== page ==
The first step after my light bulb moment was to tell Mrs C about this movement. I tend to dive headfirst into topics I find interesting, and she assumed this was just another one of those. She had no interest in reading about personal finance, and still doesn’t, but she could see that I was passionate about this.
Alongside speaking with Mrs C, I shifted the investments in our retirement accounts to broad based global index funds and started to make plans to sell the house we owned in Scotland.
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How far along the path to FI are we now?
The most difficult question for me to answer is how far along the journey we are. Not because I don’t know how to multiply by 25, but because we don’t know where we’ll end up living. And we have seen firsthand how much living expenses can vary from country to country.
Having said that, assuming we don’t end up in a high cost of living location, then we’re probably over 50% of the way there.
Thoughts on early retirement
We are not sprinting for the FI finish line as we want to have more time for our kids. FI is not binary, and we’ve given ourselves permission to slow down and take frequent breaks along the way via sabbaticals or working part time.
I also don’t think that we’ll ever RE if that means lying on a beach somewhere. We have too many projects we love getting involved in. Our experience working and volunteering in the developing world has also shown us that there are so many ways we can make a genuine impact on the lives of those less fortunate than ourselves.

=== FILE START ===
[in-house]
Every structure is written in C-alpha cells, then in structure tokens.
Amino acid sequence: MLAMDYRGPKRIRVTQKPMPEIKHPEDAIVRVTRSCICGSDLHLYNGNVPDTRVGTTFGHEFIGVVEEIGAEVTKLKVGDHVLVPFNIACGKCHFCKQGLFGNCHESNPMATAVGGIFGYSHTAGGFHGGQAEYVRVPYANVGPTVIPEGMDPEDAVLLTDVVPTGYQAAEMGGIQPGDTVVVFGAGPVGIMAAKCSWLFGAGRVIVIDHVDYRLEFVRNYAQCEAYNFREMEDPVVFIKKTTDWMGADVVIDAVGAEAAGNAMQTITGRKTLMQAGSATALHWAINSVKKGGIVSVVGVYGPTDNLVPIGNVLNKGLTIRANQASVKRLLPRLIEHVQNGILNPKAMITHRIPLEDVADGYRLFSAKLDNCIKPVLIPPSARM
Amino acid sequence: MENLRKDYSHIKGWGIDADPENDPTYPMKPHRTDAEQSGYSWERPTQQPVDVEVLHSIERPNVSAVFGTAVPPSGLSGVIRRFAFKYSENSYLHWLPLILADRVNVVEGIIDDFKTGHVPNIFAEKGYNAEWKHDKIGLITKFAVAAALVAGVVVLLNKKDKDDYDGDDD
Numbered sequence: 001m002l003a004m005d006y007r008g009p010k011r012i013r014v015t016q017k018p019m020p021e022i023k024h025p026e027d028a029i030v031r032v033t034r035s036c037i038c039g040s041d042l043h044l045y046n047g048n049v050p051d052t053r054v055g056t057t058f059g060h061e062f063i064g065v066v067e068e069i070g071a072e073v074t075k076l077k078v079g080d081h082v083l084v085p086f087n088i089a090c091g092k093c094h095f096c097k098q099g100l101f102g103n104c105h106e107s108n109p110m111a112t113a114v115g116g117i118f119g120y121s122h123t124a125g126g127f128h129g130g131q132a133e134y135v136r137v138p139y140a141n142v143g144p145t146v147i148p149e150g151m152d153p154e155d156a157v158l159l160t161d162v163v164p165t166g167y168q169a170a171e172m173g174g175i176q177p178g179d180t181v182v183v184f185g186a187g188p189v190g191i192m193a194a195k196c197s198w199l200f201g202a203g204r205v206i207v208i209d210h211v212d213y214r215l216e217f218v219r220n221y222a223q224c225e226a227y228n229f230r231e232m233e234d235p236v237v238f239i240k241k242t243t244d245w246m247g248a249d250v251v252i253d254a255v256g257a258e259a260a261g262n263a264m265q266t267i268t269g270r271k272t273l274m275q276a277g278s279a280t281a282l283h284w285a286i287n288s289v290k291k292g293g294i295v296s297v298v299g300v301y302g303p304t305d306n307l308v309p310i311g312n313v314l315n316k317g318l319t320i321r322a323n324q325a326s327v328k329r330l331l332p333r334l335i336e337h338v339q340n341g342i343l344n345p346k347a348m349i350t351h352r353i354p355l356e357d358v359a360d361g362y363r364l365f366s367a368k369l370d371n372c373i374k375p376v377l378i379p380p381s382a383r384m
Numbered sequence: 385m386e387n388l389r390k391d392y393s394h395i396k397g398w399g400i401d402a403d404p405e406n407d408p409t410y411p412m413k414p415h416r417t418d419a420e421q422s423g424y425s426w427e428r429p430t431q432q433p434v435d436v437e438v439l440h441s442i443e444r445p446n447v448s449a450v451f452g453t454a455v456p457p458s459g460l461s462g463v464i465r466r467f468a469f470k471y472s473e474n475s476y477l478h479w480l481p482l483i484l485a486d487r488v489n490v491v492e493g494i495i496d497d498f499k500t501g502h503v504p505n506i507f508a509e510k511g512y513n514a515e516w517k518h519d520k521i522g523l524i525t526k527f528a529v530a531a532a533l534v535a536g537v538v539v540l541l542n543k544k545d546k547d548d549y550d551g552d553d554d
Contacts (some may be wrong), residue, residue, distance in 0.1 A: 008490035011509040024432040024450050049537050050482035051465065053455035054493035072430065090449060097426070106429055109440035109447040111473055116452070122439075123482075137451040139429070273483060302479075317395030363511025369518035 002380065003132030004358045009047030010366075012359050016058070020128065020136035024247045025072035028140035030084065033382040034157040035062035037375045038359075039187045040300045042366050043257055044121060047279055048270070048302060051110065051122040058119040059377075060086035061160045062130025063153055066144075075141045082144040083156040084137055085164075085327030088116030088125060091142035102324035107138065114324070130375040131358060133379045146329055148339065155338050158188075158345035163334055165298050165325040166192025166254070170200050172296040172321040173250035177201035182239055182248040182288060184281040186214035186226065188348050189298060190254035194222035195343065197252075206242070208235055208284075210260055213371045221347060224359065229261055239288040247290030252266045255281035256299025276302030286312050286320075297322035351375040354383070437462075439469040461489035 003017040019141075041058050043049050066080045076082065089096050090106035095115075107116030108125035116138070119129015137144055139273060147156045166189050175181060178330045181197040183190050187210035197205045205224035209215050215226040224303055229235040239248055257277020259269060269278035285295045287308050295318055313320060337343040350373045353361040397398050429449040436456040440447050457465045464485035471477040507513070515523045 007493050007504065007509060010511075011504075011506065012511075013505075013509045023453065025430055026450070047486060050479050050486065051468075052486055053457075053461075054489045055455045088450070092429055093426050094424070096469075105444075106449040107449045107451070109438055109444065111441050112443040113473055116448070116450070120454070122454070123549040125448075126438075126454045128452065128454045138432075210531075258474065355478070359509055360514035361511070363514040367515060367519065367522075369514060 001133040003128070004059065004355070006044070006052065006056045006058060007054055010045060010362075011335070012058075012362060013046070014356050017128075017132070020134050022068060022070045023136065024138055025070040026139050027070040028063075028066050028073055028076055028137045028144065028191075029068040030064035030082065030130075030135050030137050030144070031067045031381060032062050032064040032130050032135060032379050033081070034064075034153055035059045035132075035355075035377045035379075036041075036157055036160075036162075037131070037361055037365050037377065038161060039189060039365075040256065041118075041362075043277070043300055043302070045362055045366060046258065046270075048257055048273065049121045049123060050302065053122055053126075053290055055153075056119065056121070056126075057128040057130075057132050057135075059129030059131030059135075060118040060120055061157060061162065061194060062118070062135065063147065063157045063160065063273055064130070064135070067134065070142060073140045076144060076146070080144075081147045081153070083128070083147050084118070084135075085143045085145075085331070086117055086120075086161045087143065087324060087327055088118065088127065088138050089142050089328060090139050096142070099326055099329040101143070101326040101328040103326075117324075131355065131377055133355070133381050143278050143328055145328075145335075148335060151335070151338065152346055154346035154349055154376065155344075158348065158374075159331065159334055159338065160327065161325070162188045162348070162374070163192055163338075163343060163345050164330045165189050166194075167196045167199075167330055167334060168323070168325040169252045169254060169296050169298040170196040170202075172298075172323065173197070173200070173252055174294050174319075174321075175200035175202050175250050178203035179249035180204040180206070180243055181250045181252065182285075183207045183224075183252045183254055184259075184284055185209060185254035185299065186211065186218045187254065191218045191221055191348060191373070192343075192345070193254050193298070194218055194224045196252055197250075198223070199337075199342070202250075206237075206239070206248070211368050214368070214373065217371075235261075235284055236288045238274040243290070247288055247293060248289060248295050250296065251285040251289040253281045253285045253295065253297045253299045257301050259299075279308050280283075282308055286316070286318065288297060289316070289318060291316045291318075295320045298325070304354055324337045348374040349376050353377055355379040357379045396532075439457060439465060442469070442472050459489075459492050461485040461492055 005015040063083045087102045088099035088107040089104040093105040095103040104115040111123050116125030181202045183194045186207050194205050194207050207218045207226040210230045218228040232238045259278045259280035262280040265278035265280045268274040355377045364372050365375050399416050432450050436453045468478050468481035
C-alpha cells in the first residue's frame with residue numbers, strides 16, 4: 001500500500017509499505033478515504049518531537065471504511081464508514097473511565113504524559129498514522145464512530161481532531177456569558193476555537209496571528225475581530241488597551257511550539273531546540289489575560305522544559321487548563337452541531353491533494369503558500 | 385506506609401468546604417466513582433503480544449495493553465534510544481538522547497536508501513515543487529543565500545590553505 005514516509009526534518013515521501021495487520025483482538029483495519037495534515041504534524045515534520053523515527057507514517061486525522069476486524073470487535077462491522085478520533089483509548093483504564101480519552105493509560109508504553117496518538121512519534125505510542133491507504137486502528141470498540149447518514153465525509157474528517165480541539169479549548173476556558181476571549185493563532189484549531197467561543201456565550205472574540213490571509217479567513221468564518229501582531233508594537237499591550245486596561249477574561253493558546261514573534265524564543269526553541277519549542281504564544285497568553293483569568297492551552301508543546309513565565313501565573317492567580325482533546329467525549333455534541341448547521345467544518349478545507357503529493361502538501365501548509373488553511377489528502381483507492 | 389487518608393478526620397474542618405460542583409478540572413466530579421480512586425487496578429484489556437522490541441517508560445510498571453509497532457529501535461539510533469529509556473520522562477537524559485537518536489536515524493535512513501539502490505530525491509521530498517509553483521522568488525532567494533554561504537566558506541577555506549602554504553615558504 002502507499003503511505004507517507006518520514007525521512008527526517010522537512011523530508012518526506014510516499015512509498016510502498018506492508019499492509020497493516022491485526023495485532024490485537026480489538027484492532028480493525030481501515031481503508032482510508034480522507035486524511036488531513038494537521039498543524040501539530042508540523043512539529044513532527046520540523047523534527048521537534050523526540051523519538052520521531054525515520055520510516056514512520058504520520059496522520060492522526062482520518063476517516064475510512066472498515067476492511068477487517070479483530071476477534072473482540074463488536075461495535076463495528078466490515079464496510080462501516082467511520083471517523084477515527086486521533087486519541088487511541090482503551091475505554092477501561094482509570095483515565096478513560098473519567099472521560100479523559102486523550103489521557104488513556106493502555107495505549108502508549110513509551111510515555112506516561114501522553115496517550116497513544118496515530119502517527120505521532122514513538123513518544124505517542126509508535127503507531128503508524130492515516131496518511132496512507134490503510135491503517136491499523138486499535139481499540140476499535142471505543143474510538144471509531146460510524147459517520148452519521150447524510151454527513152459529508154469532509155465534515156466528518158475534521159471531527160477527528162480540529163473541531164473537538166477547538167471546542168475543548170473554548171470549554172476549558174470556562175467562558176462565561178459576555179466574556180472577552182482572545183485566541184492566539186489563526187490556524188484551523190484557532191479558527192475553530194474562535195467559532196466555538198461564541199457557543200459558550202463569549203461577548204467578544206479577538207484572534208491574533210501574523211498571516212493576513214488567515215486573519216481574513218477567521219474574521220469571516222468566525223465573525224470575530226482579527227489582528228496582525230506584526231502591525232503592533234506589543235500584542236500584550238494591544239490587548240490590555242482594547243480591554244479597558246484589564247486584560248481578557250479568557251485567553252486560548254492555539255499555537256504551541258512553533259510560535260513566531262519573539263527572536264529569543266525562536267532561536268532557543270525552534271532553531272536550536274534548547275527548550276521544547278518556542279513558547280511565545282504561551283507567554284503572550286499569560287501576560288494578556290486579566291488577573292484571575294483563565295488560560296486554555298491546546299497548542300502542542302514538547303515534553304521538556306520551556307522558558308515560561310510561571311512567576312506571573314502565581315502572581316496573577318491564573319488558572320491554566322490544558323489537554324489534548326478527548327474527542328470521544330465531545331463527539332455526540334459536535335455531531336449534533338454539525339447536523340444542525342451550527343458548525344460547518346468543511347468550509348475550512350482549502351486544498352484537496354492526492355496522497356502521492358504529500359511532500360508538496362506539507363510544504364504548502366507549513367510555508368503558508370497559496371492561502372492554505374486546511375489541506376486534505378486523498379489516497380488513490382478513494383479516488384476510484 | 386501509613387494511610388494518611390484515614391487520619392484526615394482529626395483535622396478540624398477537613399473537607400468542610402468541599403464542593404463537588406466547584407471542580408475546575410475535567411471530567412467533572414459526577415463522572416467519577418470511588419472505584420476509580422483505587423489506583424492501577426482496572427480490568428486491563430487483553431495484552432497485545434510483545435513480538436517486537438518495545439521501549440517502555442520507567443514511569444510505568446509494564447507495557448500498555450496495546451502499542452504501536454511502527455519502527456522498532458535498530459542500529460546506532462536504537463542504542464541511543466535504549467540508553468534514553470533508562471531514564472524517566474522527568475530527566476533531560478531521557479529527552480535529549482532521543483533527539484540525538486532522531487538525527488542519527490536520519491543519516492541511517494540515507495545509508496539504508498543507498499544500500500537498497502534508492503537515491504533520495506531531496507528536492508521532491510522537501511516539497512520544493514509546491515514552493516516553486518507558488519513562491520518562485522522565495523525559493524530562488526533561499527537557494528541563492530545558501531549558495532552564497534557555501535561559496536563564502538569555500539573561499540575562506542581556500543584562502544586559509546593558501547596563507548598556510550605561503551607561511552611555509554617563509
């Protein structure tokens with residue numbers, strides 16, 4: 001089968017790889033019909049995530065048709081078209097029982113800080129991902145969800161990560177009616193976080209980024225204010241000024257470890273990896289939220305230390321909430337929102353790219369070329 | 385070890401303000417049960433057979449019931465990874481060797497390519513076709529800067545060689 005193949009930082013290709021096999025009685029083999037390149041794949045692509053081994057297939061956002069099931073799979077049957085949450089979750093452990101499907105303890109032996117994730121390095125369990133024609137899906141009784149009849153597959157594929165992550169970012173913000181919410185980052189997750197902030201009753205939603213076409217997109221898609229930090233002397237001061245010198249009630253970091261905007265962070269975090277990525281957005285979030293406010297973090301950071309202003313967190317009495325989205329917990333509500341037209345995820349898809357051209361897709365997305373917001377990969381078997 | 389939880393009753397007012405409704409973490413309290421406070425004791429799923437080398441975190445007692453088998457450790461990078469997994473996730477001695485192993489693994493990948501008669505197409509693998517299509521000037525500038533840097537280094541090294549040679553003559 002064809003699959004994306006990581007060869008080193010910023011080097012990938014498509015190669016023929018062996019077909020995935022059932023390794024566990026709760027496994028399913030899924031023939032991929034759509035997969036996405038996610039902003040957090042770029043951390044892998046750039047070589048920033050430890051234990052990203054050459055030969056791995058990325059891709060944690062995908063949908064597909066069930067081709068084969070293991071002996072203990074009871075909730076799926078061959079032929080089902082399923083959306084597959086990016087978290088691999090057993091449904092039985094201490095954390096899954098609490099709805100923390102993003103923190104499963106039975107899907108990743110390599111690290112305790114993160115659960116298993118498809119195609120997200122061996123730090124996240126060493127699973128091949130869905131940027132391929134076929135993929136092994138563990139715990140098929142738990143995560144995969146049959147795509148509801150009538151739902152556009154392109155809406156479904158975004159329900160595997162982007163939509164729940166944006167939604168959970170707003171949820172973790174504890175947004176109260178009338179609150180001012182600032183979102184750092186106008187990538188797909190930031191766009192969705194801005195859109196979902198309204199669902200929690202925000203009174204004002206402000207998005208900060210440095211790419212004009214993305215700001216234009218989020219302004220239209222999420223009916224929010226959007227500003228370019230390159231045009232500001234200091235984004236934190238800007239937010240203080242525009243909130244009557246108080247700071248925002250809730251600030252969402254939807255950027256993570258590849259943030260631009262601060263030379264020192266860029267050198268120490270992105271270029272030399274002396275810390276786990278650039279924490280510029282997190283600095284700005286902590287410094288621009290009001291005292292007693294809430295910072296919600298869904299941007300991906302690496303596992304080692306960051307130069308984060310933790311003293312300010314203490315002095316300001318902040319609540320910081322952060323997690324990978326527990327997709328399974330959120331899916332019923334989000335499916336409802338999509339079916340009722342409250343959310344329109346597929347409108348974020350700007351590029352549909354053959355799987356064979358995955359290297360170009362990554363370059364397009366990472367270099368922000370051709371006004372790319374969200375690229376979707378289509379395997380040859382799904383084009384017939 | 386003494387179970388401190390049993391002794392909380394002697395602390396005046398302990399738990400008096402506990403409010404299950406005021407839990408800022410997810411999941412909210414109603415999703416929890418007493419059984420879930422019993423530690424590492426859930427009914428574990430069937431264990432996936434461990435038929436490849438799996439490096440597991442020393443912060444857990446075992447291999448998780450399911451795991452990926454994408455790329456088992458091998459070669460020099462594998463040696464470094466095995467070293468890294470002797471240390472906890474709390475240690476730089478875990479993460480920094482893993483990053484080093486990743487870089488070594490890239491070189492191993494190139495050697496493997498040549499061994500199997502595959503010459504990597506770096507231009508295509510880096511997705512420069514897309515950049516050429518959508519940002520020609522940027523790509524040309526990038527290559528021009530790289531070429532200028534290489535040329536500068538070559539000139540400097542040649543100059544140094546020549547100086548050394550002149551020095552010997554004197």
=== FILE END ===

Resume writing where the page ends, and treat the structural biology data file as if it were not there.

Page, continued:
How my relationship with money has changed
My relationship with money has not changed much with the discovery of FI. Spending less than I earn has always been normal for me, though I am more intentional on my gadget spending these days.
One area where I was falling short was in relation to investing. If I were starting my career again, I’d be shovelling as much as I could into index funds from day one.
The biggest change in my attitude towards money happened during my sabbatical, rather than with the discovery of FI. I really struggled to step away from the rat race and accept that I would not have an income during our sabbatical. That made me feel extremely uncomfortable, and I nearly aborted the sabbatical at the last minute.
The sabbatical has shown me that I value flexibility of time more than the security of an income. That means that post sabbatical I have not looked for traditional employment and have started freelancing instead.
Specific challenges or advantages of starting late
To invest enough for retirement, you either need a lot of time and to save a little, or to save a lot over a shorter timeframe. If you start late in life, you no longer have the choice – you must save a lot.
But if 20-year-olds can save enough to retire by the time they are in their 30s, that tells us that it’s still possible for someone starting later in life to get there.
The big advantage of starting late is that you are most likely in your peak earning years and earning significantly more than you did earlier in your career.
The challenge is that you often have additional financial commitments in the form of kids or parents that require financial support.
COVID interrupted our sabbatical year and meant lots of cancelled visits from family and friends. It also meant we had to put our exploration of Spain on hold.
So, we made the decision to extend our time in Spain for at least a couple of years. Our family is settled, and our kids enjoy their school. At some point we’d like to do more international travel as a family and world school our kids along the way.
In the meantime, I’ve started doing some remote freelance work with the aim of covering our living expenses.
Back to Latestarterfire
Thank you for sharing your family’s story with us, Mr Chaos.
And showing us that having a sabbatical and living a Slow FI lifestyle is possible as a late starter.
“The sabbatical has shown me that I value flexibility of time more than the security of an income.”
I love that you are living a life that is aligned with your values on the way to being financially independent, that you are not waiting until you reach FI to live that life.
What an amazing example you’ve set your children!